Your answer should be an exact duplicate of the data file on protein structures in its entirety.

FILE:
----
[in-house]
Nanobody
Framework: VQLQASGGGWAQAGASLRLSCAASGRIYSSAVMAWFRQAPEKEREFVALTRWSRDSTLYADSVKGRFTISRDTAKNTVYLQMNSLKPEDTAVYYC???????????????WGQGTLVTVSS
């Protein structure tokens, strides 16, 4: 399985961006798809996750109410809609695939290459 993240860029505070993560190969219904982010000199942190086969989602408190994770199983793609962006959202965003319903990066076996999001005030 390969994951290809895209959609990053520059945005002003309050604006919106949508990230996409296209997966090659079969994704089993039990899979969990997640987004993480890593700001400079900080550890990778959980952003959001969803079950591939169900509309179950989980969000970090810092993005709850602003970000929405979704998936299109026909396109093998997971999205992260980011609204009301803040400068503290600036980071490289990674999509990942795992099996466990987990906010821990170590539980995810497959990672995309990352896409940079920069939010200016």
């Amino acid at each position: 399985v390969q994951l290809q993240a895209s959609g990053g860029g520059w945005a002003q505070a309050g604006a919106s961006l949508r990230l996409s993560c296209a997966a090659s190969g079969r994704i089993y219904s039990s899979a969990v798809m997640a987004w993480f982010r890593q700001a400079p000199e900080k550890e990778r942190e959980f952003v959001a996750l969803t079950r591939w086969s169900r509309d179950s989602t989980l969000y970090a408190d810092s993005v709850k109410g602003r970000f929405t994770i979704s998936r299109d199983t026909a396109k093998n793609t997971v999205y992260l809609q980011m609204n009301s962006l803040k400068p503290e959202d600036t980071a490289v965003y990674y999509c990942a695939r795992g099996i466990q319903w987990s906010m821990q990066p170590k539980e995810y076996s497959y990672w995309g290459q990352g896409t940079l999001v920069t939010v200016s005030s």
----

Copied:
[in-house]
Nanobody
Framework: VQLQASGGGWAQAGASLRLSCAASGRIYSSAVMAWFRQAPEKEREFVALTRWSRDSTLYADSVKGRFTISRDTAKNTVYLQMNSLKPEDTAVYYC???????????????WGQGTLVTVSS
């Protein structure tokens, strides 16, 4: 399985961006798809996750109410809609695939290459 993240860029505070993560190969219904982010000199942190086969989602408190994770199983793609962006959202965003319903990066076996999001005030 390969994951290809895209959609990053520059945005002003309050604006919106949508990230996409296209997966090659079969994704089993039990899979969990997640987004993480890593700001400079900080550890990778959980952003959001969803079950591939169900509309179950989980969000970090810092993005709850602003970000929405979704998936299109026909396109093998997971999205992260980011609204009301803040400068503290600036980071490289990674999509990942795992099996466990987990906010821990170590539980995810497959990672995309990352896409940079920069939010200016």
């Amino acid at each position: 399985v390969q994951l290809q993240a895209s959609g990053g860029g520059w945005a002003q505070a309050g604006a919106s961006l949508r990230l996409s993560c296209a997966a090659s190969g079969r994704i089993y219904s039990s899979a969990v798809m997640a987004w993480f982010r890593q700001a400079p000199e900080k550890e990778r942190e959980f952003v959001a996750l969803t079950r591939w086969s169900r509309d179950s989602t989980l969000y970090a408190d810092s993005v709850k109410g602003r970000f929405t994770i979704s998936r299109d199983t026909a396109k093998n793609t997971v999205y992260l809609q980011m609204n009301s962006l803040k400068p503290e959202d600036t980071a490289v965003y990674y999509c990942a695939r795992g099996i466990q319903w987990s906010m821990q990066p170590k539980e995810y076996s497959y990672w995309g290459q990352g896409t940079l999001v920069t939010v200016s005030s």